2016-2017 Donald Lecture Series

2016-2017 Donald Lecture Series

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Made possible by the generous support of Bishop’s alumnus John Donald ’60, DCL ’12, the Donald Lecture Series brings speakers of national and international renown to the Bishop’s campus to provide insight, provoke thought, and stimulate debate on the most compelling issues and events in the world today. All lectures are free of charge and open to the public.

Maureen Dowd with Carl Hulse
United States Election 2016

Thursday, October 20, 2016

7:00 pm, Centennial Theatre
*this lecture will be available for live stream
(see details below)

In September 2016, Pulitzer Prize winning New York Times columnist Maureen Dowd will release her latest book, The Year of Voting Dangerously: The Derangement of American Politics.

She will share with us her wry humour and acerbic insights into the most disruptive Presidential race in modern history. Chief Washington Correspondent of the New York Times Carl Hulse will lead the conversation.

Maureen DowdMaureen Dowd

Maureen Dowd, winner of the 1999 Pulitzer Prize for distinguished commentary and author of two New York Times bestsellers, became a columnist on The New York Times Op-Ed page in 1995.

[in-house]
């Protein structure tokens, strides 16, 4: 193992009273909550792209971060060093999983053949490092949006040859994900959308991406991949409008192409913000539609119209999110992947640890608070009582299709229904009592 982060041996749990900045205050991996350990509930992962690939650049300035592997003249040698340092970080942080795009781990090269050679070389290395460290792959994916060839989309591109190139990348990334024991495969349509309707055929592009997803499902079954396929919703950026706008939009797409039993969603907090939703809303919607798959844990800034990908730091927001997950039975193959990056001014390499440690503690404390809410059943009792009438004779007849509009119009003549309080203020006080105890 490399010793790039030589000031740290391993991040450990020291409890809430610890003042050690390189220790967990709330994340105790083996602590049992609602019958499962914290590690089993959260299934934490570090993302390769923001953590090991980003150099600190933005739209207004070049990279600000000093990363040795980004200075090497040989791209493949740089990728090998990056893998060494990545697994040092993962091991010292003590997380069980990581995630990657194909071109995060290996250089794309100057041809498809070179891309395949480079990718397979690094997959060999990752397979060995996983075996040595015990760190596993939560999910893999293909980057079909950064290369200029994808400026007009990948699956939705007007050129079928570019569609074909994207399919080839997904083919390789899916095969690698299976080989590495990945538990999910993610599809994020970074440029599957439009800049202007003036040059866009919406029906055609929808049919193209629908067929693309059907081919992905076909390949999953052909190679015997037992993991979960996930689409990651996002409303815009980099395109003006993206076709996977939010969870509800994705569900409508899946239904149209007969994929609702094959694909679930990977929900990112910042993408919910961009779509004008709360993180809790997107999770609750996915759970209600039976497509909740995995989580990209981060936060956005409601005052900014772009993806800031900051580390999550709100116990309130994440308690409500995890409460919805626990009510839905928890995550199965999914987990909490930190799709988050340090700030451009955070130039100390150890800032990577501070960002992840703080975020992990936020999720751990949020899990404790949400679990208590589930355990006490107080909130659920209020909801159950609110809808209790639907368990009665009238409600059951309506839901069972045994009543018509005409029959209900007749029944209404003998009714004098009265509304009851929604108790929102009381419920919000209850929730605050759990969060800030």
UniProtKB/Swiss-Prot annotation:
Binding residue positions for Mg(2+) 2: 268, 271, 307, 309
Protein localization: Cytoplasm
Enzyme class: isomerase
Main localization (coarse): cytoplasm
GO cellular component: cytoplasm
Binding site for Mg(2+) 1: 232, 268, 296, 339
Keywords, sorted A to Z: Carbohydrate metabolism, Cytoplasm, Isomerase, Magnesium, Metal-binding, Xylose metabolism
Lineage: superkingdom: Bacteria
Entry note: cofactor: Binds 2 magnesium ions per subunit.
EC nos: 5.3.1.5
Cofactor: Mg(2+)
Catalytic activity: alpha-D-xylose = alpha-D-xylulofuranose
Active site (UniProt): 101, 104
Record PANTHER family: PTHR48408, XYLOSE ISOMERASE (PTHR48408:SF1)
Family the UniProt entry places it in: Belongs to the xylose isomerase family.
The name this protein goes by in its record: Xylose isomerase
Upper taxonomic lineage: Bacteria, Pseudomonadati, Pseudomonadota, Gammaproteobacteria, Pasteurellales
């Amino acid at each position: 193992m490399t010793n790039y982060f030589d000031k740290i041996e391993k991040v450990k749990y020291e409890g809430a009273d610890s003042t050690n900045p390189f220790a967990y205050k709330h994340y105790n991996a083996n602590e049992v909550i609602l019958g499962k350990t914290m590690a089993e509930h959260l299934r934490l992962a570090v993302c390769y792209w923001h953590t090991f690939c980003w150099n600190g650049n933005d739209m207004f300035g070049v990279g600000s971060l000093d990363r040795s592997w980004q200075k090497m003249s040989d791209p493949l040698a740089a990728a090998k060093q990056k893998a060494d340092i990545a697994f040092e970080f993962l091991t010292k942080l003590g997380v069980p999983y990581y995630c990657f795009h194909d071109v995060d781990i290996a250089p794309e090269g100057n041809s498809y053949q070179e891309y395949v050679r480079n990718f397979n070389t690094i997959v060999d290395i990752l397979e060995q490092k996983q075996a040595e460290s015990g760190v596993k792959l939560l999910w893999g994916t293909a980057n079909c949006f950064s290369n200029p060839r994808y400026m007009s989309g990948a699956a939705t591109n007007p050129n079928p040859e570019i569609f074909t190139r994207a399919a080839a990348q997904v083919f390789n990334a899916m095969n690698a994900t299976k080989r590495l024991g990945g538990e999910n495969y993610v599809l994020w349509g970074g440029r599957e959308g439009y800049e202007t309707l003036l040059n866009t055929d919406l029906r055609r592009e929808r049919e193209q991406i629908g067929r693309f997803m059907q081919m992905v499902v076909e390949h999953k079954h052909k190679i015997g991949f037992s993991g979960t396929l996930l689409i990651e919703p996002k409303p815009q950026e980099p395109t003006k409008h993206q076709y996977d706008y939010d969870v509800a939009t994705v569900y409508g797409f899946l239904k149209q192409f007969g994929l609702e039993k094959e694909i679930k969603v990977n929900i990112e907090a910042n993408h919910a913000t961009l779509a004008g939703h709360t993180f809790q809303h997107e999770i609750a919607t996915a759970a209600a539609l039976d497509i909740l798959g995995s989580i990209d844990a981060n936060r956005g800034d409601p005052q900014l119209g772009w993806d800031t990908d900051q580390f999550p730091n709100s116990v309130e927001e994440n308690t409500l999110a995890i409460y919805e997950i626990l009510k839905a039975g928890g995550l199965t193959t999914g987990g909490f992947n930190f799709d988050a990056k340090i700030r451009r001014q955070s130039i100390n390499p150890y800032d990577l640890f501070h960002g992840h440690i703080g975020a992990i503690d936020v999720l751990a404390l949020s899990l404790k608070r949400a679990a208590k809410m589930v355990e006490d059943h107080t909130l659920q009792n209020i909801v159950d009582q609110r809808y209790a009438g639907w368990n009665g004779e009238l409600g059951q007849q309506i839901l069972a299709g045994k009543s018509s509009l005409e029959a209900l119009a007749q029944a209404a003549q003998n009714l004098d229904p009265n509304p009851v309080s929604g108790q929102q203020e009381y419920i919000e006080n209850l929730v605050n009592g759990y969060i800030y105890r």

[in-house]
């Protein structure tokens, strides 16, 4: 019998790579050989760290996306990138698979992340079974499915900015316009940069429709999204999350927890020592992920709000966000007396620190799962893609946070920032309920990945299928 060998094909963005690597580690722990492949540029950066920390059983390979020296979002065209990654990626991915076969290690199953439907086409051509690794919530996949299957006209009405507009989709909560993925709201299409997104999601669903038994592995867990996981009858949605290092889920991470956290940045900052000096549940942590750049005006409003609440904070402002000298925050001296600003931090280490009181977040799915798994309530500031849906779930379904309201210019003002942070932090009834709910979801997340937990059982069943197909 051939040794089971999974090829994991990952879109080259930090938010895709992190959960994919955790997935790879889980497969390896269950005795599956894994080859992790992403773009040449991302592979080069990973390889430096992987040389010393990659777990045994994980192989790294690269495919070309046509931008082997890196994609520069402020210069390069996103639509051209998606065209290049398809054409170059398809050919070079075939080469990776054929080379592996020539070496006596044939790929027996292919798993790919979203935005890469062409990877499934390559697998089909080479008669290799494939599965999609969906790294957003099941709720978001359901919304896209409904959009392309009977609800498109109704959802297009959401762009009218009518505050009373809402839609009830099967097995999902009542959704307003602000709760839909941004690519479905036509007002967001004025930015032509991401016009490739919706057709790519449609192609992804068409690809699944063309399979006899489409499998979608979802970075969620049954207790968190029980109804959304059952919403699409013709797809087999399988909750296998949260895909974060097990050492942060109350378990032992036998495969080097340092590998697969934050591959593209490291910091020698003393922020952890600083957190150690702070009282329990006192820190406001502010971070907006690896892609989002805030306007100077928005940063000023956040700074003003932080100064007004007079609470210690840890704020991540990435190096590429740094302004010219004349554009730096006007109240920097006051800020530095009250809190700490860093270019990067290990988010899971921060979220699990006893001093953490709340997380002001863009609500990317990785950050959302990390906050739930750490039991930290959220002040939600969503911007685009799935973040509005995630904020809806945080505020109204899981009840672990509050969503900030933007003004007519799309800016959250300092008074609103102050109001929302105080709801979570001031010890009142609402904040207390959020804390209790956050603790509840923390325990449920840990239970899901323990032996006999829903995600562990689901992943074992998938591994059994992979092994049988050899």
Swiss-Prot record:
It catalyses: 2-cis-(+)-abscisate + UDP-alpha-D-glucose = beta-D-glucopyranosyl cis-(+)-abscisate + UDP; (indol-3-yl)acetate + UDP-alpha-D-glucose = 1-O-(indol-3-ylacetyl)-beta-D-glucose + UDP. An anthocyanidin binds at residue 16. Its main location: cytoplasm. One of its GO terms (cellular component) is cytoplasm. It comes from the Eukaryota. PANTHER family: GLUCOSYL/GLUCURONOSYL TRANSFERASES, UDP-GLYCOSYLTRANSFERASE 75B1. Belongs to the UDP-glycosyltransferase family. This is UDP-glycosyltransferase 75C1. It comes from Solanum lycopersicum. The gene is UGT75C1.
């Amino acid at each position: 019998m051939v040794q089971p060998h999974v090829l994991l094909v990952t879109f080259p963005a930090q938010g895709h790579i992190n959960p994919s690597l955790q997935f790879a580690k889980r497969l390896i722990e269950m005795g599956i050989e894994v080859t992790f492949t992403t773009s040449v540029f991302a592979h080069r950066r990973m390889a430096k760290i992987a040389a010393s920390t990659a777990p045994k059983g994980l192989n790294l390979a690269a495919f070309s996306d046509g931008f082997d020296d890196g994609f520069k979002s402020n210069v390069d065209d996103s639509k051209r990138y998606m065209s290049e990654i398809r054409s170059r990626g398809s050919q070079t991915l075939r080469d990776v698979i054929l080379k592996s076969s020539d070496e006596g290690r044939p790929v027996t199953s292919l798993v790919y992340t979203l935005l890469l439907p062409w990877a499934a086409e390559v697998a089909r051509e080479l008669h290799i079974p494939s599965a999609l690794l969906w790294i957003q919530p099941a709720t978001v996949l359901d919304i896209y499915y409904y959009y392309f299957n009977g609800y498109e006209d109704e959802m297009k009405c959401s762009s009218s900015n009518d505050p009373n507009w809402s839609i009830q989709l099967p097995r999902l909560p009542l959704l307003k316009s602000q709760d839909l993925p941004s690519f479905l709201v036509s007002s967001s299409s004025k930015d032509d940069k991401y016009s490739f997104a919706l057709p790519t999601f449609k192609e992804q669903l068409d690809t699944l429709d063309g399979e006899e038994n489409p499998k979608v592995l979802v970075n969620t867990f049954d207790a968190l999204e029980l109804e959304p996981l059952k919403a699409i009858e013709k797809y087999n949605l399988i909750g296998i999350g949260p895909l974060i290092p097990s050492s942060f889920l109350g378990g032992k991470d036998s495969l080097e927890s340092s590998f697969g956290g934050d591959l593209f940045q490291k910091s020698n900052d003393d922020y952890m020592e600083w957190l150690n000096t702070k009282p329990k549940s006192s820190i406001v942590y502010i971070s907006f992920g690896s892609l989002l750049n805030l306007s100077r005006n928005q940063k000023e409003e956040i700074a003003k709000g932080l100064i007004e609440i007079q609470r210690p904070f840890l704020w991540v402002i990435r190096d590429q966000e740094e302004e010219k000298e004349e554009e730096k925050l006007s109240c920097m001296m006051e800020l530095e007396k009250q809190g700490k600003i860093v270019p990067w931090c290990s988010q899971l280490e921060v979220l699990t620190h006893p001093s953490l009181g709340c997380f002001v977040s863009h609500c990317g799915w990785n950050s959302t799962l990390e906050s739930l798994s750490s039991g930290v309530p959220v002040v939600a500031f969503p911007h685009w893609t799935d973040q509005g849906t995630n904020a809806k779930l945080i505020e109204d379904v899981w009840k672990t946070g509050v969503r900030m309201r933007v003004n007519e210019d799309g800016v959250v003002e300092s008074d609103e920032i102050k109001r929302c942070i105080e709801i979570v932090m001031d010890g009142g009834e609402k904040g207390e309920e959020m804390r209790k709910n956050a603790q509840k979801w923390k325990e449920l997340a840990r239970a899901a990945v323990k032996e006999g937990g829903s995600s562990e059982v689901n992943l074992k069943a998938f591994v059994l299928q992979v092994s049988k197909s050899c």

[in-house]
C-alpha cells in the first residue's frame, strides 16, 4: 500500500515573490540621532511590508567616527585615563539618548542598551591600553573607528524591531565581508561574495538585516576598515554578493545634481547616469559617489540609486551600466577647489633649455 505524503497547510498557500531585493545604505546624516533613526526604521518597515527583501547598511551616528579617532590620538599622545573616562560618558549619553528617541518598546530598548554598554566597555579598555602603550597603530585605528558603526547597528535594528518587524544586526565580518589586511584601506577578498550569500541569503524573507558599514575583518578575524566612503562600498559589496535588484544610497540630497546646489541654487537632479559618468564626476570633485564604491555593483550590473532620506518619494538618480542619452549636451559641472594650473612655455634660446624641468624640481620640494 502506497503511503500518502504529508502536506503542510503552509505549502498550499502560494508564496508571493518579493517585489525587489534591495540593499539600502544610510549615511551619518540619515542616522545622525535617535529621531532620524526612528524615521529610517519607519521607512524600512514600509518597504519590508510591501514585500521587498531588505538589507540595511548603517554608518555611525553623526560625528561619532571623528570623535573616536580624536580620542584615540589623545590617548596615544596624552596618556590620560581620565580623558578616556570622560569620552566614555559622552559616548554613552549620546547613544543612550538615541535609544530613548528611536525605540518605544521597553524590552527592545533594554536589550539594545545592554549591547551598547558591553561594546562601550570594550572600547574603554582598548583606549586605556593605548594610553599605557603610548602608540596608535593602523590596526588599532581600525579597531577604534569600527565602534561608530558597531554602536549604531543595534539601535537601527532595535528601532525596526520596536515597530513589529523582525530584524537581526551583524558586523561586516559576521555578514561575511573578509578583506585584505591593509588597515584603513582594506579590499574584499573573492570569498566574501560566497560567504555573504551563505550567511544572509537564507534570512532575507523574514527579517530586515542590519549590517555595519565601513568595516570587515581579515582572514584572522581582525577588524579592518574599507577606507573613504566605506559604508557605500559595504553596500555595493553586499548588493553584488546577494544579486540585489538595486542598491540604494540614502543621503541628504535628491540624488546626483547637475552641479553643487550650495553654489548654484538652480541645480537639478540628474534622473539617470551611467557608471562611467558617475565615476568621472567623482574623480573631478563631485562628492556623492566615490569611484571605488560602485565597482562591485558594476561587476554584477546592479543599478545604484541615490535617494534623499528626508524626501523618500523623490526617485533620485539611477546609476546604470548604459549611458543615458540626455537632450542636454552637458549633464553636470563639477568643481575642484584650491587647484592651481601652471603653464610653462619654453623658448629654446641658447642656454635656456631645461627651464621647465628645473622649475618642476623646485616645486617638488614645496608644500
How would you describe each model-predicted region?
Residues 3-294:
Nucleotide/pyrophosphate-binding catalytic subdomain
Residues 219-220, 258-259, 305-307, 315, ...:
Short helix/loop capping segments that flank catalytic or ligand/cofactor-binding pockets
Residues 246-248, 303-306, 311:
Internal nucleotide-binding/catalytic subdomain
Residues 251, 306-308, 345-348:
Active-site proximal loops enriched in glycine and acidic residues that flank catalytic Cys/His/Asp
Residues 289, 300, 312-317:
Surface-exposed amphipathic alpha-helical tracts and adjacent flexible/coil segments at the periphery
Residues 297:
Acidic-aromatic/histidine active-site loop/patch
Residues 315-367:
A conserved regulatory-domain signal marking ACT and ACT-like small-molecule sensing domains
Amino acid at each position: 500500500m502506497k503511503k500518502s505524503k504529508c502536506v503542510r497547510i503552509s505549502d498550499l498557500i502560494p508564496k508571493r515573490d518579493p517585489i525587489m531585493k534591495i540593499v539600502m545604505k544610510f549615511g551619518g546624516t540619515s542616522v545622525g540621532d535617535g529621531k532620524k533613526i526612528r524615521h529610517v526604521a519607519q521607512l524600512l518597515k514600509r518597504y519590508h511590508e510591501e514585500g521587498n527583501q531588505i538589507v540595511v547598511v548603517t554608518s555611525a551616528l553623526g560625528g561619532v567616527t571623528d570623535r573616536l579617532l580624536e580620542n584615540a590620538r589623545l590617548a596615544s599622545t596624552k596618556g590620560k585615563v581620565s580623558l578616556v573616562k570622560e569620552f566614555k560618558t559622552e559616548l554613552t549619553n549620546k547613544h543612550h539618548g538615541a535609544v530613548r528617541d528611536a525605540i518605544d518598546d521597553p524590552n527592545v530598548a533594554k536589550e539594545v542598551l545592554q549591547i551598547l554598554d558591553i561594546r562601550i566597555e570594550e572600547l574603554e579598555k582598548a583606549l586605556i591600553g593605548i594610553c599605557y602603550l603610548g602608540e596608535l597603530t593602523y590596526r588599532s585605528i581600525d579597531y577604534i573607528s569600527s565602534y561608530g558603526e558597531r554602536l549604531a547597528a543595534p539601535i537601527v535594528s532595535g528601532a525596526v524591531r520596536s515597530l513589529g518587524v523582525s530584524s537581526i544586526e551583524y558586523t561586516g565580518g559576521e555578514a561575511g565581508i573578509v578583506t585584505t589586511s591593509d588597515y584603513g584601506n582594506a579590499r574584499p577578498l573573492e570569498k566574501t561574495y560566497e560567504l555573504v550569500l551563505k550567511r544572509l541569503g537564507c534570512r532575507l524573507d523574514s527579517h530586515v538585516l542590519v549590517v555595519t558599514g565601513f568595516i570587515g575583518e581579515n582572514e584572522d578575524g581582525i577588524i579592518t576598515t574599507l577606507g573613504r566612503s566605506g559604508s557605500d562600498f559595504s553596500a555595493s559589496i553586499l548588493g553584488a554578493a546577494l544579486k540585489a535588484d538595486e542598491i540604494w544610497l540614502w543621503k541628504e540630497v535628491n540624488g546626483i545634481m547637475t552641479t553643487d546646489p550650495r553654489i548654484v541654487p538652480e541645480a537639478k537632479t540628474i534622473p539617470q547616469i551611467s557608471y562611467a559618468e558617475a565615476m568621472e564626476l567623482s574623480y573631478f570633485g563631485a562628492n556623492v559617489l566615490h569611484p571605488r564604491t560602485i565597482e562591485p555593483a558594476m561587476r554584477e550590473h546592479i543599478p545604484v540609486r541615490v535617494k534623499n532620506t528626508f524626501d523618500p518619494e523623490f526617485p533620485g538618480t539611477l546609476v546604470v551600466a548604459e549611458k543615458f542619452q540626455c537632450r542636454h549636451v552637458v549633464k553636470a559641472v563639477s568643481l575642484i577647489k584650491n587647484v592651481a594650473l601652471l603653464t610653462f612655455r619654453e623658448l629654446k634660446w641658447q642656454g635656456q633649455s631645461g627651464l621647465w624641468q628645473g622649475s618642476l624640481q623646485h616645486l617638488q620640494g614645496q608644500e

Born in Washington D.C., Ms. Dowd began her journalism career in 1974 as an editorial assistant for The Washington Star, where she later became a sports columnist, metropolitan reporter, and feature writer. In 1983, she joined The New York Times as a metropolitan correspondent and then moved to the Times’ Washington Bureau in 1986 to cover politics. Since then, Ms. Dowd has covered seven presidential campaigns, served as the Times’ White House correspondent, and wrote “On Washington,” a column for The New York Times Magazine. In the run up to the 2004 presidential election, G.P. Putnam published her first book, Bushworld which covered the presidency and personality of George W. Bush. After Bushworld quickly climbed the best-seller list, Ms. Dowd switched from presidential politics to sexual politics in another bestseller Are Men Necessary? When Sexes Collide, released in 2005.

In addition to the New York Times, Ms. Dowd has written for GQ, Vanity Fair, Rolling Stone, The New Republic, Mademoiselle, Sports Illustrated, and others.

Carl HulseCarl Hulse

Carl Hulse is one of the nation’s leading political journalists and has reported on events in the nation’s capital for 30 years. He currently serves as the Chief Washington Correspondent of the New York Times and writes the regular “On Washington” column for the news organization.

Carl previously served as Washington Editor of The New York Times, directing the newspaper’s coverage of Congress, the White House and federal agencies between the years 2011 to 2014. He is considered an expert on Congressional affairs and spent nearly a decade as Chief Congressional Correspondent. He has been described as among the most savvy political analysts in the nation.

Besides following national politics, he has played an integral role in covering such stories as the aftermath of the Sept. 11, 2001 attacks, the 2008 economic collapse, the ongoing struggle over the limits of executive power, the rise and influence of the Tea Party, and the partisan divide in Congress and its implications.